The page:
HNBA Meeting Tonight at 7:00

Tonight HNBA will have our new Community Affairs Officer [Troycarra Powers] from the 25th Precinct attend our HNBA meeting to answer any concerns you have about public safety and the rise in crime in our community.

In addition, Tatiana from will be joining to talk about their effort to convert Lincoln Jail (on Central Park North) into a women’s jail.

We will also have Wil Lopez (a candidate for State Assembly) and Tony Shaw (a Harlem-based financial advisor) introduce themselves.

To get the Zoom link, join HNBA HERE.

OutGoingNYC: NYC’s Historic Gay Nightlife is a fascinating time machine that you can use to explore gay nightlife from any time post 1859!

Looking at the map from Harlem’s perspective shows a fairly limited range of sites, but is fascinating nevertheless:

I had no idea a building at 5th Avenue and 128th Street was a sex club named Afrodeezziac, for example.

To learn more about the genesis of this project, see this talk by Jeff Ferzoco:

125th Street at FDB, Looking East

A great photo showing how 125th Street had street car tracks running down the center.

This photo is taken from 125/FDB, looking east towards 5th Avenue. Note how the huge rigid awning sticks out over the entire sidewalk in front of the Manhattan Market.

The vantage – the spot where the photo is taken – is the elevated platform of the 8th Avenue El, that ran up Frederick Douglass Blvd and was then replaced by the ABCD subways.

The Fire Factory

In New York, sidewalks and roads are constantly being torn up for subsurface repairs. The eventual patches are notoriously uneven in quality, and some (especially if wet concrete) are susceptible to the lure of graffiti and the chance for a name, drawing, or slogan to be there, on the ground, possibly for decades.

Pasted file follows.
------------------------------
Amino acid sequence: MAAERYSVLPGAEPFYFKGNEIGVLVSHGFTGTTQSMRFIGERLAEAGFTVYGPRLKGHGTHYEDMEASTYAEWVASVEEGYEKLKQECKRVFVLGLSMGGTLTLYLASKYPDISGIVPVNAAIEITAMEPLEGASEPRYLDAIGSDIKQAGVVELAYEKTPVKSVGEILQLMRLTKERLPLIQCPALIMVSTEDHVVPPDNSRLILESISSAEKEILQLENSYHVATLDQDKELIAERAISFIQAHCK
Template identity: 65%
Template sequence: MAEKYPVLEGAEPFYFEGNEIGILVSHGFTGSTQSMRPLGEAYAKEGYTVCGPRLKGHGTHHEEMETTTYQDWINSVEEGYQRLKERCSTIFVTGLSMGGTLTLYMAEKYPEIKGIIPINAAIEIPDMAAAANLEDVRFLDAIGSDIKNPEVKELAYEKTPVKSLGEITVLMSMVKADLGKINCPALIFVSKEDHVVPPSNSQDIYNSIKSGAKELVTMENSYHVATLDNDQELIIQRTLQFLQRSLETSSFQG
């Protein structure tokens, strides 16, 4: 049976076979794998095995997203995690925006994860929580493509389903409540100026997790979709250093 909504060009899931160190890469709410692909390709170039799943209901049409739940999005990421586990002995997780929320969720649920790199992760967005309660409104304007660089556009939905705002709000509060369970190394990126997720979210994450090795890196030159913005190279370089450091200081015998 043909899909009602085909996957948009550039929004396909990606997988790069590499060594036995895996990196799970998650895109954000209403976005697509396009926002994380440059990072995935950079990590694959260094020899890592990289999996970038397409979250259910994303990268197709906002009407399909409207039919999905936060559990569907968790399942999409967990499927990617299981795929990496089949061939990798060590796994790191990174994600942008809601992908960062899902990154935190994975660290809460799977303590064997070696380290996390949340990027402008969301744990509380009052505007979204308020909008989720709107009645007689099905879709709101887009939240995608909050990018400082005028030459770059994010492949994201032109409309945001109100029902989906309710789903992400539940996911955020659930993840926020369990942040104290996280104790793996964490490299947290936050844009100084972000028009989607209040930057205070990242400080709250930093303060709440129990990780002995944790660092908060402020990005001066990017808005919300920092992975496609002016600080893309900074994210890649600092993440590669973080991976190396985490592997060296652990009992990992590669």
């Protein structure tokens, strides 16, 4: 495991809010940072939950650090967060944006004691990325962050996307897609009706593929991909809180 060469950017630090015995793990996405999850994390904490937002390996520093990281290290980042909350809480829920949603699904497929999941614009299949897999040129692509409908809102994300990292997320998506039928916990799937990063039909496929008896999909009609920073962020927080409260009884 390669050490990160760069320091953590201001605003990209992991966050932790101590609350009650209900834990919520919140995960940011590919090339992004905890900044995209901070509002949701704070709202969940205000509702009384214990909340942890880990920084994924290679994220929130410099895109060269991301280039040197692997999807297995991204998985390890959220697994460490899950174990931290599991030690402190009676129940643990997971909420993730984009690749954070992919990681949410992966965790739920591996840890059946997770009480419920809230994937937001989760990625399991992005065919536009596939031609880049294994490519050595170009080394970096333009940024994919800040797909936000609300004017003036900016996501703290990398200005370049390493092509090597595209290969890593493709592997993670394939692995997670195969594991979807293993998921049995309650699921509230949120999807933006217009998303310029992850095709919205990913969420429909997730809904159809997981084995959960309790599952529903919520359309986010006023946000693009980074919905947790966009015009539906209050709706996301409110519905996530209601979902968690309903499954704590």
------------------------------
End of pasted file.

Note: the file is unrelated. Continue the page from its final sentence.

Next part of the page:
While walking along a stretch of 5th Avenue sidewalk the other day, I noticed a concrete repair that had been scratched into (while wet) that said “The Fire Factory”.

This term is the nickname of Engine 58 and Ladder 26, both of which are FDNY units based in East Harlem, on 5th Avenue at 114th Street. This FDNY stationhouse has been immortalized in a couple of novels/memoirs (sometimes lightly fictionalized) by Harry J. Ahearn:

Ghetto Firefighter — published 1977
The Fire Factory — published 1988
Harlem Memories — published 1993
The Collapse: An FDNY Saga – published 2011

Ahearn was bootstrapped out of poverty by a job with the FDNY. His love of the job, the men he worked with, and the everpresent adrenalin, is palatable in every book.

For a view of this stationhouse, the men who occupied it, and glimpses of the community that they served yet remained apart from, take a look at this 30 year-old video, below:

Scaffold Exhibit at the Calabar Gallery

Make sure to check out the Calabar Gallery on FDB:

Calabar Gallery

One of the joys of Harlem is visiting the galleries, large and small, that display such a range of amazing art.

The Calabar Gallery, at 2504 Frederick Douglass Blvd, (646-964-5062) focuses on representing underserved artists locally and globally, with a special interest in African, African American and Caribbean artists.

The gallery is an exhibition space, community space, retail location, and well worth checking out.


538 has a fascinating article on how the expected tsunami of evictions not only didn’t happen, but evictions are below historic norms:

Vigil Tomorrow

Tomorrow (Fri) at 10 am, you are invited to a vigil in memory of Mr. Yao Pan Ma. Join us to grieve with the Ma family and wish that justice will be served. We will lay down white flowers and light white candles at the location of the attack. 

Come join Harlem’s residents our officials to recommit to unity. We will call for better safety in the area where Mr. Ma was attacked and more social services for our vulnerable people, including our seniors and our homeless population. May something good come out of this tragic event.

PLEASE HELP spread the word about the event to the media and residents. Your support would be a great solace for the grieving family and to our large Asian senior population in Harlem.

You can also help repost and retweet on social media here: Twitter, Instagram, and Facebook.

For more information, write to Upper Manhattan Asian American Alliance at [email protected] or call 415 215 2035. Anyone interested in supporting the Asian residents in Harlem can sign up to volunteer or donate on our website here.